David Goldblatt (29 November 1930 – 25 June 2018) was a South African photographer noted for his portrayal of South Africa during the period of apartheid and more recently that country's landscapes. He described himself as a “self-appointed observer and critic of the society into which I was born.”
Goldblatt was born in Randfontein, Gauteng Province, and was the youngest of the three sons of Eli and Olga Goldblatt. His grandparents arrived in South Africa from Lithuania around 1893, having fled the persecution of Jews there. Goldblatt worked in his father's men's outfitters, attended Krugersdorp High School, and graduated from the University of the Witwatersrand with a degree in commerce. He began photographing in 1948 and documented developments in South Africa through the period of apartheid up until his death in 2018. In Goldblatt's view, "During those years color seemed too sweet a medium to express the anger, disgust and fear that apartheid inspired".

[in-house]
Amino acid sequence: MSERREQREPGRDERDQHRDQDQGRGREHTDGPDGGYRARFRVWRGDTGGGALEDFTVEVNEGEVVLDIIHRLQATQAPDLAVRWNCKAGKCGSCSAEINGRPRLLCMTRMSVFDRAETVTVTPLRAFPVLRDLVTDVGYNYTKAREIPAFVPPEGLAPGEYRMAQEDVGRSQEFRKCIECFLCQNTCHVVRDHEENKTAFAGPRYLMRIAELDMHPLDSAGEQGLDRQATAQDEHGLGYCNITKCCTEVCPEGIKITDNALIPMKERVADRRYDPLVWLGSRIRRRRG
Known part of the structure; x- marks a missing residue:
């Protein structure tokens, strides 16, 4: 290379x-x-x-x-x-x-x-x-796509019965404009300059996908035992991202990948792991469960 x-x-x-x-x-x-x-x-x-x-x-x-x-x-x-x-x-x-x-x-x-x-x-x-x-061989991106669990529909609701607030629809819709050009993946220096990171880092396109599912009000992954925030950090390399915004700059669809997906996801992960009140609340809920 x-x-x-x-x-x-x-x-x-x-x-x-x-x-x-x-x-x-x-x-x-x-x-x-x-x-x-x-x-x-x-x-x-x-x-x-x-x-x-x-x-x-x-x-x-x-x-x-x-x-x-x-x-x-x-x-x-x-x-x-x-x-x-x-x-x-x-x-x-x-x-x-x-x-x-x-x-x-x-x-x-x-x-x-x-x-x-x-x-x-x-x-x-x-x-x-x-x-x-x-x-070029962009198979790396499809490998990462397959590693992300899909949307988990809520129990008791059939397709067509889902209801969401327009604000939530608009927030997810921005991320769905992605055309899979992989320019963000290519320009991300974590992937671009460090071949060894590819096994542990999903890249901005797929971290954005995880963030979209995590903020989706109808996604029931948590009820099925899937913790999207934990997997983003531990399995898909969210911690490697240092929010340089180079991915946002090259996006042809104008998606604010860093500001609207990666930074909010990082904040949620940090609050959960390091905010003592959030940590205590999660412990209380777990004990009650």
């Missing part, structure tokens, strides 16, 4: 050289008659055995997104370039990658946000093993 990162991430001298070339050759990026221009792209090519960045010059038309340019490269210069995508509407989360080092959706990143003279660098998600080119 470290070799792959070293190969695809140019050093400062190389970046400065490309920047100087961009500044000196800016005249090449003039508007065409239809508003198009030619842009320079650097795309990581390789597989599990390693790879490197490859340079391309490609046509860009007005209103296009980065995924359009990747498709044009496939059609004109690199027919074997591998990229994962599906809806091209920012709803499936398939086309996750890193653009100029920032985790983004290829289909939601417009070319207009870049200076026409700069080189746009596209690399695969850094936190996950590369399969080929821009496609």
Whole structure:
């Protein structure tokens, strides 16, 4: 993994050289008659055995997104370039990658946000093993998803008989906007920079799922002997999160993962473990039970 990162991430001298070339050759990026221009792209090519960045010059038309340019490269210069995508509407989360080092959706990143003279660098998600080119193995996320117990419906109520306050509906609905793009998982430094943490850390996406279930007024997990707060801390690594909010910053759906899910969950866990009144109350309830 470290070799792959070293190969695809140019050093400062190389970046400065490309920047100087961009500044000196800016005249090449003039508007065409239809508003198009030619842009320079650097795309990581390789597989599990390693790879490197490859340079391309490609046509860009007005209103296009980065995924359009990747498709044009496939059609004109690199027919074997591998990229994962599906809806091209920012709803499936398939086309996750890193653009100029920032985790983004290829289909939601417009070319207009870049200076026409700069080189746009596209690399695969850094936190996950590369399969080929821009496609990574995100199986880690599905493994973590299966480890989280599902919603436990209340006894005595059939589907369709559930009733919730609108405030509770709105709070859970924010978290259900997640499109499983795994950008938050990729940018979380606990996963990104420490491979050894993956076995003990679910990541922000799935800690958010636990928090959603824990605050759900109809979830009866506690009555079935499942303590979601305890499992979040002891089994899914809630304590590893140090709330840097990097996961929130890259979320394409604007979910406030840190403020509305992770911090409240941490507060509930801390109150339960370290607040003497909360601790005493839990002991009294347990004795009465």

During Apartheid, Goldblatt in his work The Transported of KwaNdebele documented the excruciatingly long and uncomfortable twice-daily bus journeys of black workers who lived in the segregated "homelands" northeast of Pretoria. The conditions have not changed that much for workers since, he explains [in 2007]. "The bulk of people who live there still have to travel to Pretoria by road. It's still a very long commute for them every day – two to eight hours,” he says. "It will take generations to undo the consequences of Apartheid."
After apartheid, Goldblatt continued to photographs of the area including the landscape. Until the end of the 1990s Goldblatt – in what he called his personal work – rarely photographed in colour. It was only after working on a project involving blue asbestos in north-western Australia, and "the resulting disease and death", that he "got hooked on doing work in color [because] You can’t make it blue in black and white."
This was coupled with new developments in the field of digital scanning and printing. Only when Goldblatt was able to achieve the same "depth" in his colour work that he had previously achieved in his black and white photography, did he choose to explore this field extensively.